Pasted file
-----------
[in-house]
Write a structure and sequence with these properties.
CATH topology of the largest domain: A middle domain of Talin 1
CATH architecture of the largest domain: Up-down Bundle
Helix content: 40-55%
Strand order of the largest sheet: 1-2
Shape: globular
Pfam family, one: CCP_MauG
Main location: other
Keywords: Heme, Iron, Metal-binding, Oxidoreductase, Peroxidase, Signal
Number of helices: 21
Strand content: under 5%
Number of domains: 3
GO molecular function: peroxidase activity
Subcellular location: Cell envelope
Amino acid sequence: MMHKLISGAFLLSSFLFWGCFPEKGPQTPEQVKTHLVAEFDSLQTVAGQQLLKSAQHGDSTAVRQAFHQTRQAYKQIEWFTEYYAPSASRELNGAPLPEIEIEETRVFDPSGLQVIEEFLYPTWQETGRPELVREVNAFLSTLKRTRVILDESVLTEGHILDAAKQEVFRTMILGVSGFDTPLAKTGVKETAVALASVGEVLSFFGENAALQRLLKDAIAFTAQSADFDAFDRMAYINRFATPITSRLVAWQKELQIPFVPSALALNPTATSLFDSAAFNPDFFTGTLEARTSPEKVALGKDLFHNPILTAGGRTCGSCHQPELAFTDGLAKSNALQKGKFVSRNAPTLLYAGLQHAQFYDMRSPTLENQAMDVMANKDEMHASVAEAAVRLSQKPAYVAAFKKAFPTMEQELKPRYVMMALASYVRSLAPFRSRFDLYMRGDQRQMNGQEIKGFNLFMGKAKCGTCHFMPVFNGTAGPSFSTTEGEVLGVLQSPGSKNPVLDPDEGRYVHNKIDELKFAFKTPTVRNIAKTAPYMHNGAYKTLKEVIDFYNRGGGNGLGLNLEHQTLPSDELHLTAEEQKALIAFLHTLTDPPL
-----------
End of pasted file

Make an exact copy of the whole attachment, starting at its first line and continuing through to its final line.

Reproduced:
[in-house]
Write a structure and sequence with these properties.
CATH topology of the largest domain: A middle domain of Talin 1
CATH architecture of the largest domain: Up-down Bundle
Helix content: 40-55%
Strand order of the largest sheet: 1-2
Shape: globular
Pfam family, one: CCP_MauG
Main location: other
Keywords: Heme, Iron, Metal-binding, Oxidoreductase, Peroxidase, Signal
Number of helices: 21
Strand content: under 5%
Number of domains: 3
GO molecular function: peroxidase activity
Subcellular location: Cell envelope
Amino acid sequence: MMHKLISGAFLLSSFLFWGCFPEKGPQTPEQVKTHLVAEFDSLQTVAGQQLLKSAQHGDSTAVRQAFHQTRQAYKQIEWFTEYYAPSASRELNGAPLPEIEIEETRVFDPSGLQVIEEFLYPTWQETGRPELVREVNAFLSTLKRTRVILDESVLTEGHILDAAKQEVFRTMILGVSGFDTPLAKTGVKETAVALASVGEVLSFFGENAALQRLLKDAIAFTAQSADFDAFDRMAYINRFATPITSRLVAWQKELQIPFVPSALALNPTATSLFDSAAFNPDFFTGTLEARTSPEKVALGKDLFHNPILTAGGRTCGSCHQPELAFTDGLAKSNALQKGKFVSRNAPTLLYAGLQHAQFYDMRSPTLENQAMDVMANKDEMHASVAEAAVRLSQKPAYVAAFKKAFPTMEQELKPRYVMMALASYVRSLAPFRSRFDLYMRGDQRQMNGQEIKGFNLFMGKAKCGTCHFMPVFNGTAGPSFSTTEGEVLGVLQSPGSKNPVLDPDEGRYVHNKIDELKFAFKTPTVRNIAKTAPYMHNGAYKTLKEVIDFYNRGGGNGLGLNLEHQTLPSDELHLTAEEQKALIAFLHTLTDPPL